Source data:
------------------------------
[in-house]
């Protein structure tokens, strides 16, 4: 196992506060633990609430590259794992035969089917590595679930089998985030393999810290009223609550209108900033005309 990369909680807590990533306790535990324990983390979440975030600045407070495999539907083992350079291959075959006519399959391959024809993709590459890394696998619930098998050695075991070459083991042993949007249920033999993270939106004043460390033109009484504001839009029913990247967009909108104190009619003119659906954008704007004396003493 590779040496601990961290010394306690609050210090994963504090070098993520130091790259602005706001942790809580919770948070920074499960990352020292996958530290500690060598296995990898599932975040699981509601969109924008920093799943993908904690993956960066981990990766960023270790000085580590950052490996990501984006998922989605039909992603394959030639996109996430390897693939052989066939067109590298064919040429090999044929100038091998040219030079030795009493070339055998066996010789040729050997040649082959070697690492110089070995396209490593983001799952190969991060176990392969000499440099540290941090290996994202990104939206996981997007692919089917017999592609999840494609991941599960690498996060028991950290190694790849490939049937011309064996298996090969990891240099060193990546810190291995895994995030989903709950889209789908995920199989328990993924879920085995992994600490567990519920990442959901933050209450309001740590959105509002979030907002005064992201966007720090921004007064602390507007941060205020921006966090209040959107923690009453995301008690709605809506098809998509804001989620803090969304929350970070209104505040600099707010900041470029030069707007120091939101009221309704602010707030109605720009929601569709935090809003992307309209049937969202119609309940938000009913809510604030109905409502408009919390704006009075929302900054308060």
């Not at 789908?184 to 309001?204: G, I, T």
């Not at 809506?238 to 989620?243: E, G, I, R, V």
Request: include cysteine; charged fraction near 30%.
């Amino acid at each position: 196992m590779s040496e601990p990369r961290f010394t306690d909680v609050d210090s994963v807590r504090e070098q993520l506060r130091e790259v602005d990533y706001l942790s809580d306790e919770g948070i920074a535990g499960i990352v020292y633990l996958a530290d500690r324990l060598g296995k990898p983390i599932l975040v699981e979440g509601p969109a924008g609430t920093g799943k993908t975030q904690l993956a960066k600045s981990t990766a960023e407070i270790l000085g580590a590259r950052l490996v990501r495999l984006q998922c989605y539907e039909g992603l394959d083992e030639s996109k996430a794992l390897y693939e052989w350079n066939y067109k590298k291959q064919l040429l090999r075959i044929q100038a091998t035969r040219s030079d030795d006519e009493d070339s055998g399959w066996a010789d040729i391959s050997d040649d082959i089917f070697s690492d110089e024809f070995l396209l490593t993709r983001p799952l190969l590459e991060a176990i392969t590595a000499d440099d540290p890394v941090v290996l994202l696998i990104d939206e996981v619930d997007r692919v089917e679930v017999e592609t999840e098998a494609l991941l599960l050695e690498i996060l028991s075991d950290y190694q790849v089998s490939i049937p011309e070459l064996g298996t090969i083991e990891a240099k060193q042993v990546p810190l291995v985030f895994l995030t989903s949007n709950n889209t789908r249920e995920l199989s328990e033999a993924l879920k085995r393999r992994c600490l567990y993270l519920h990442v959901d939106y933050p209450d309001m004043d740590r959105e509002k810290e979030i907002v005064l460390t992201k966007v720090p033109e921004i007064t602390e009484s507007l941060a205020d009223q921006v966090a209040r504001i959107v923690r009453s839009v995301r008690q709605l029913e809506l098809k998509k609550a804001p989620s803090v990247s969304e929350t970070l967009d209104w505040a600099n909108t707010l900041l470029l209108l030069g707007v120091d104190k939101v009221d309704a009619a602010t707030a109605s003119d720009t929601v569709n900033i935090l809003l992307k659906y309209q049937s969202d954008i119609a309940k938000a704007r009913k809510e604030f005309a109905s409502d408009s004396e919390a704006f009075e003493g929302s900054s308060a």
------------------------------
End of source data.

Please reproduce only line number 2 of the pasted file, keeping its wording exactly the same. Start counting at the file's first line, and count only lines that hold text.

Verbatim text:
């Protein structure tokens, strides 16, 4: 196992506060633990609430590259794992035969089917590595679930089998985030393999810290009223609550209108900033005309 990369909680807590990533306790535990324990983390979440975030600045407070495999539907083992350079291959075959006519399959391959024809993709590459890394696998619930098998050695075991070459083991042993949007249920033999993270939106004043460390033109009484504001839009029913990247967009909108104190009619003119659906954008704007004396003493 590779040496601990961290010394306690609050210090994963504090070098993520130091790259602005706001942790809580919770948070920074499960990352020292996958530290500690060598296995990898599932975040699981509601969109924008920093799943993908904690993956960066981990990766960023270790000085580590950052490996990501984006998922989605039909992603394959030639996109996430390897693939052989066939067109590298064919040429090999044929100038091998040219030079030795009493070339055998066996010789040729050997040649082959070697690492110089070995396209490593983001799952190969991060176990392969000499440099540290941090290996994202990104939206996981997007692919089917017999592609999840494609991941599960690498996060028991950290190694790849490939049937011309064996298996090969990891240099060193990546810190291995895994995030989903709950889209789908995920199989328990993924879920085995992994600490567990519920990442959901933050209450309001740590959105509002979030907002005064992201966007720090921004007064602390507007941060205020921006966090209040959107923690009453995301008690709605809506098809998509804001989620803090969304929350970070209104505040600099707010900041470029030069707007120091939101009221309704602010707030109605720009929601569709935090809003992307309209049937969202119609309940938000009913809510604030109905409502408009919390704006009075929302900054308060």